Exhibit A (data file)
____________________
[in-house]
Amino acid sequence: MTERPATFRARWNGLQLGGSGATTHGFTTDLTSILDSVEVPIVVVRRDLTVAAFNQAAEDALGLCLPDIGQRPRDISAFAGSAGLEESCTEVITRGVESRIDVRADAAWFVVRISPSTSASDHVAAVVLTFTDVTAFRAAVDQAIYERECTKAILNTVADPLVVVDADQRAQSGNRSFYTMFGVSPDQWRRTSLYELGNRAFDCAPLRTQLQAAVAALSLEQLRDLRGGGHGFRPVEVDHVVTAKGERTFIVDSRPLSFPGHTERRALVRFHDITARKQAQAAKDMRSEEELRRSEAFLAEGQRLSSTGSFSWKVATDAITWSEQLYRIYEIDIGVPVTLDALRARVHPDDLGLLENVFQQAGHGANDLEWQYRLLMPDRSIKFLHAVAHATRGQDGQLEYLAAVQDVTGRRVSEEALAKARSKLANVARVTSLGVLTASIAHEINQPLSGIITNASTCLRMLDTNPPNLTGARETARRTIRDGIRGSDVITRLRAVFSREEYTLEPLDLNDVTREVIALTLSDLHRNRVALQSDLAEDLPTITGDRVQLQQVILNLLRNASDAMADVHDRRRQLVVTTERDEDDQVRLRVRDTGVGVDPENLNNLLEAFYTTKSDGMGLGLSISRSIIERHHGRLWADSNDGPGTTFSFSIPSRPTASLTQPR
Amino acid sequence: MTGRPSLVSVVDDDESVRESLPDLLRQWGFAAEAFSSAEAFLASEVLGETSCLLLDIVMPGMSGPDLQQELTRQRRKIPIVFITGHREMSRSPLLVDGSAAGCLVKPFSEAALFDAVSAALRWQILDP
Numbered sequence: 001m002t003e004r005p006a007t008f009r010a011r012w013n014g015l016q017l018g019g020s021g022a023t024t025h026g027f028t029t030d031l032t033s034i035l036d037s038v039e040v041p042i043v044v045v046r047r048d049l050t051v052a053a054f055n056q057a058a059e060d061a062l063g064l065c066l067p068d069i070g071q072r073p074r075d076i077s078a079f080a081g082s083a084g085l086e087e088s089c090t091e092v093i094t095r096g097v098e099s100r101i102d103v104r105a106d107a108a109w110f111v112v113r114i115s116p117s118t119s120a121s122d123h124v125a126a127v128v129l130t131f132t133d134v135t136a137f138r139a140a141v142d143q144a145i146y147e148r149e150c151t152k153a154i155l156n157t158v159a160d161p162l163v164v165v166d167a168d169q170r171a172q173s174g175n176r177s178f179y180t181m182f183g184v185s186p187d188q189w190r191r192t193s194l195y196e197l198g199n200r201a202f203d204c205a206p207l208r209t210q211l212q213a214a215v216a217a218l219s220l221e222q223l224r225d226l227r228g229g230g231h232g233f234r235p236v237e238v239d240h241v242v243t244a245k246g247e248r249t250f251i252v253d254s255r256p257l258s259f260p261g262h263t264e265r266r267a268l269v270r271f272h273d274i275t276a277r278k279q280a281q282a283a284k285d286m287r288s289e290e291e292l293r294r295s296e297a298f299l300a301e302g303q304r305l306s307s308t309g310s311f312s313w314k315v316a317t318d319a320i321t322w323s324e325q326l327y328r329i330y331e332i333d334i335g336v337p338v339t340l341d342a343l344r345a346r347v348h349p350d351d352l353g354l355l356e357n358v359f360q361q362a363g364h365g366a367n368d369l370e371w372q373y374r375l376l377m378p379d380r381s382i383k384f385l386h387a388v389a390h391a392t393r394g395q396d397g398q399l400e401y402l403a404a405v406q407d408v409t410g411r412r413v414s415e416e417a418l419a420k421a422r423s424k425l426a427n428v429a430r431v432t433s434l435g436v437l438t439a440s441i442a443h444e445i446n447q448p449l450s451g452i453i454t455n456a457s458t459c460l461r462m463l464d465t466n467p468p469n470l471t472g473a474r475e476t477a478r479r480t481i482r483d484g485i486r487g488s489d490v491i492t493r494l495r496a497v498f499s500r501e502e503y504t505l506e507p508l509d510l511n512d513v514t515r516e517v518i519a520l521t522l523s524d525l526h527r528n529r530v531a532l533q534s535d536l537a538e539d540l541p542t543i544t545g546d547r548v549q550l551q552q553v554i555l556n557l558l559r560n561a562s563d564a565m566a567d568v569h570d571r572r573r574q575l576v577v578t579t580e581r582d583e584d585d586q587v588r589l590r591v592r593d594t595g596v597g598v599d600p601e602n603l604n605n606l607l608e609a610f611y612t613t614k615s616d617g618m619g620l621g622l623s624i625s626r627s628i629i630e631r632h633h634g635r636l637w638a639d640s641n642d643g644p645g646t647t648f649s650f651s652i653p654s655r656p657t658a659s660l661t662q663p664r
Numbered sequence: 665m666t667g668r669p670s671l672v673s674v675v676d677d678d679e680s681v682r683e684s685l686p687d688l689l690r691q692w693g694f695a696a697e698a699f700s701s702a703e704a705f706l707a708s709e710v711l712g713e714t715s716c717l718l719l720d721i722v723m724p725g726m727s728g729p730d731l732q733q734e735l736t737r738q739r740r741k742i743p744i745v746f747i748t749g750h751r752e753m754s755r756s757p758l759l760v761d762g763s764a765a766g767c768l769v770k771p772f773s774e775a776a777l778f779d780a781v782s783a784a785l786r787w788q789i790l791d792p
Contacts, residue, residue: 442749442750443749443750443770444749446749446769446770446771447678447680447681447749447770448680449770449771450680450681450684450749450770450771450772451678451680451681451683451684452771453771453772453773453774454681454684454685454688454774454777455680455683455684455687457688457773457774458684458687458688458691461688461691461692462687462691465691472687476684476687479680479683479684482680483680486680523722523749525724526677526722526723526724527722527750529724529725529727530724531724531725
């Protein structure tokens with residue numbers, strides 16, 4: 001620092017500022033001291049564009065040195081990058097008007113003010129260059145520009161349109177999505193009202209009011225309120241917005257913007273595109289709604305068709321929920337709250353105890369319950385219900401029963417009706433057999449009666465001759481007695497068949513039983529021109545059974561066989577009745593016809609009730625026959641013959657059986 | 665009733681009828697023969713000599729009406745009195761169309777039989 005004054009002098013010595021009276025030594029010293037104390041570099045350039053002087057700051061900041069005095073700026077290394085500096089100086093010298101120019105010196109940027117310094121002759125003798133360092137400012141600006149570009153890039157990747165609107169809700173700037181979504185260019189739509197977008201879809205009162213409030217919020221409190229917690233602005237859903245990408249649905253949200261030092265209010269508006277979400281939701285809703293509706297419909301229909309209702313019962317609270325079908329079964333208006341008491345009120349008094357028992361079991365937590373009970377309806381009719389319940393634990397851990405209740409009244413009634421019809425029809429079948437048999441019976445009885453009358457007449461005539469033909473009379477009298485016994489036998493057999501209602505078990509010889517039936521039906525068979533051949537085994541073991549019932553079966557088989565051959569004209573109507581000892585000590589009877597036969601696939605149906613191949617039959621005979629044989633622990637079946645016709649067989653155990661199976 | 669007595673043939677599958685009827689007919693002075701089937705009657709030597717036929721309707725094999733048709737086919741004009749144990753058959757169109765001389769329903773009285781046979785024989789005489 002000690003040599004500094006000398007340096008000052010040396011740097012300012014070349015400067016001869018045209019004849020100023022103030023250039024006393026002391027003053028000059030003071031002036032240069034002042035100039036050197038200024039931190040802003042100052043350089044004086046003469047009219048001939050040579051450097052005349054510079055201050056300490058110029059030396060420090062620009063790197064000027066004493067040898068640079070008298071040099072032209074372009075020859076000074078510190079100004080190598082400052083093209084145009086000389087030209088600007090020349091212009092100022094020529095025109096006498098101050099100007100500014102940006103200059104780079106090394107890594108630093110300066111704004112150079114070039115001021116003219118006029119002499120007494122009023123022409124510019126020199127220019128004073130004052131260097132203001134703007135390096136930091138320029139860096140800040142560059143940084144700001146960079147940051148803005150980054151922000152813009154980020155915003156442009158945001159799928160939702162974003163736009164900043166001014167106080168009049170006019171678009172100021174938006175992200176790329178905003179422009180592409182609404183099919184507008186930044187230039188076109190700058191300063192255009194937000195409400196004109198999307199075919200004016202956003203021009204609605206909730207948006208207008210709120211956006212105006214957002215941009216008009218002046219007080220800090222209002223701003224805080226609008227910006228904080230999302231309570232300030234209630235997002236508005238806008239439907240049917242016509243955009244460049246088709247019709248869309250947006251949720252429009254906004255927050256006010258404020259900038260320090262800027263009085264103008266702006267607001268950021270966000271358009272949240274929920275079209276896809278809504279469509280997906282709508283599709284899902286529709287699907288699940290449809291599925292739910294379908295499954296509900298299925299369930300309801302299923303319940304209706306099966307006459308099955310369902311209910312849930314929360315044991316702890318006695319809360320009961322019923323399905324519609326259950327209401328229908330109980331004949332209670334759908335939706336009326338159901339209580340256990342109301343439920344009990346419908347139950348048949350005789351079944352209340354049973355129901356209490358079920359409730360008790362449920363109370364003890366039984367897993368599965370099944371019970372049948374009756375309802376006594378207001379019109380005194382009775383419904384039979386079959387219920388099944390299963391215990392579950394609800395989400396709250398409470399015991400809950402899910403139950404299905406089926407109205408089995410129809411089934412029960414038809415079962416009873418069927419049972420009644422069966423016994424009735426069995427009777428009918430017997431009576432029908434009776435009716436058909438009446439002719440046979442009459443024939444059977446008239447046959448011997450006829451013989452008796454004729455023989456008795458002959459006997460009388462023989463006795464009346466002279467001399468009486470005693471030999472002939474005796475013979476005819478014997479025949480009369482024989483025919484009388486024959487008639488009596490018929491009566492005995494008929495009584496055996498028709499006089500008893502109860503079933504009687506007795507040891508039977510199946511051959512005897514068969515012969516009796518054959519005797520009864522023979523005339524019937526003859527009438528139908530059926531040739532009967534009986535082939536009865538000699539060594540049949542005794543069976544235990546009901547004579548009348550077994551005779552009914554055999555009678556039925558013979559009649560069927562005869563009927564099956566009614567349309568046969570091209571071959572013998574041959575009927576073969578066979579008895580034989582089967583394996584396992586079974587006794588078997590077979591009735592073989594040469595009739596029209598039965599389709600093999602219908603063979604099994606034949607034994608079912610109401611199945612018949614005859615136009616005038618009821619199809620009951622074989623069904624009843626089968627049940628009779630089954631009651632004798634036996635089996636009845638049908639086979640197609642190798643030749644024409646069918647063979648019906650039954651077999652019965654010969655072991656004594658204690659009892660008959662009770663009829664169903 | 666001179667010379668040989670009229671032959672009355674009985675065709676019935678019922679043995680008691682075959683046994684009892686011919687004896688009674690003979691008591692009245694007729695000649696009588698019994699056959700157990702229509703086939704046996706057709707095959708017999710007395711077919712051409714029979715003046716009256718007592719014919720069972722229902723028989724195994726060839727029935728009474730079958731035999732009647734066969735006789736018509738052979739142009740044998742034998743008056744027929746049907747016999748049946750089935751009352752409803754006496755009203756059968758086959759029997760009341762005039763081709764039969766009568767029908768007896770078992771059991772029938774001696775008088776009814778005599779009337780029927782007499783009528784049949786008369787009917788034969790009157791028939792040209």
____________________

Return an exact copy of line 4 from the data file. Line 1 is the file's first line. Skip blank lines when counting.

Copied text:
Numbered sequence: 001m002t003e004r005p006a007t008f009r010a011r012w013n014g015l016q017l018g019g020s021g022a023t024t025h026g027f028t029t030d031l032t033s034i035l036d037s038v039e040v041p042i043v044v045v046r047r048d049l050t051v052a053a054f055n056q057a058a059e060d061a062l063g064l065c066l067p068d069i070g071q072r073p074r075d076i077s078a079f080a081g082s083a084g085l086e087e088s089c090t091e092v093i094t095r096g097v098e099s100r101i102d103v104r105a106d107a108a109w110f111v112v113r114i115s116p117s118t119s120a121s122d123h124v125a126a127v128v129l130t131f132t133d134v135t136a137f138r139a140a141v142d143q144a145i146y147e148r149e150c151t152k153a154i155l156n157t158v159a160d161p162l163v164v165v166d167a168d169q170r171a172q173s174g175n176r177s178f179y180t181m182f183g184v185s186p187d188q189w190r191r192t193s194l195y196e197l198g199n200r201a202f203d204c205a206p207l208r209t210q211l212q213a214a215v216a217a218l219s220l221e222q223l224r225d226l227r228g229g230g231h232g233f234r235p236v237e238v239d240h241v242v243t244a245k246g247e248r249t250f251i252v253d254s255r256p257l258s259f260p261g262h263t264e265r266r267a268l269v270r271f272h273d274i275t276a277r278k279q280a281q282a283a284k285d286m287r288s289e290e291e292l293r294r295s296e297a298f299l300a301e302g303q304r305l306s307s308t309g310s311f312s313w314k315v316a317t318d319a320i321t322w323s324e325q326l327y328r329i330y331e332i333d334i335g336v337p338v339t340l341d342a343l344r345a346r347v348h349p350d351d352l353g354l355l356e357n358v359f360q361q362a363g364h365g366a367n368d369l370e371w372q373y374r375l376l377m378p379d380r381s382i383k384f385l386h387a388v389a390h391a392t393r394g395q396d397g398q399l400e401y402l403a404a405v406q407d408v409t410g411r412r413v414s415e416e417a418l419a420k421a422r423s424k425l426a427n428v429a430r431v432t433s434l435g436v437l438t439a440s441i442a443h444e445i446n447q448p449l450s451g452i453i454t455n456a457s458t459c460l461r462m463l464d465t466n467p468p469n470l471t472g473a474r475e476t477a478r479r480t481i482r483d484g485i486r487g488s489d490v491i492t493r494l495r496a497v498f499s500r501e502e503y504t505l506e507p508l509d510l511n512d513v514t515r516e517v518i519a520l521t522l523s524d525l526h527r528n529r530v531a532l533q534s535d536l537a538e539d540l541p542t543i544t545g546d547r548v549q550l551q552q553v554i555l556n557l558l559r560n561a562s563d564a565m566a567d568v569h570d571r572r573r574q575l576v577v578t579t580e581r582d583e584d585d586q587v588r589l590r591v592r593d594t595g596v597g598v599d600p601e602n603l604n605n606l607l608e609a610f611y612t613t614k615s616d617g618m619g620l621g622l623s624i625s626r627s628i629i630e631r632h633h634g635r636l637w638a639d640s641n642d643g644p645g646t647t648f649s650f651s652i653p654s655r656p657t658a659s660l661t662q663p664r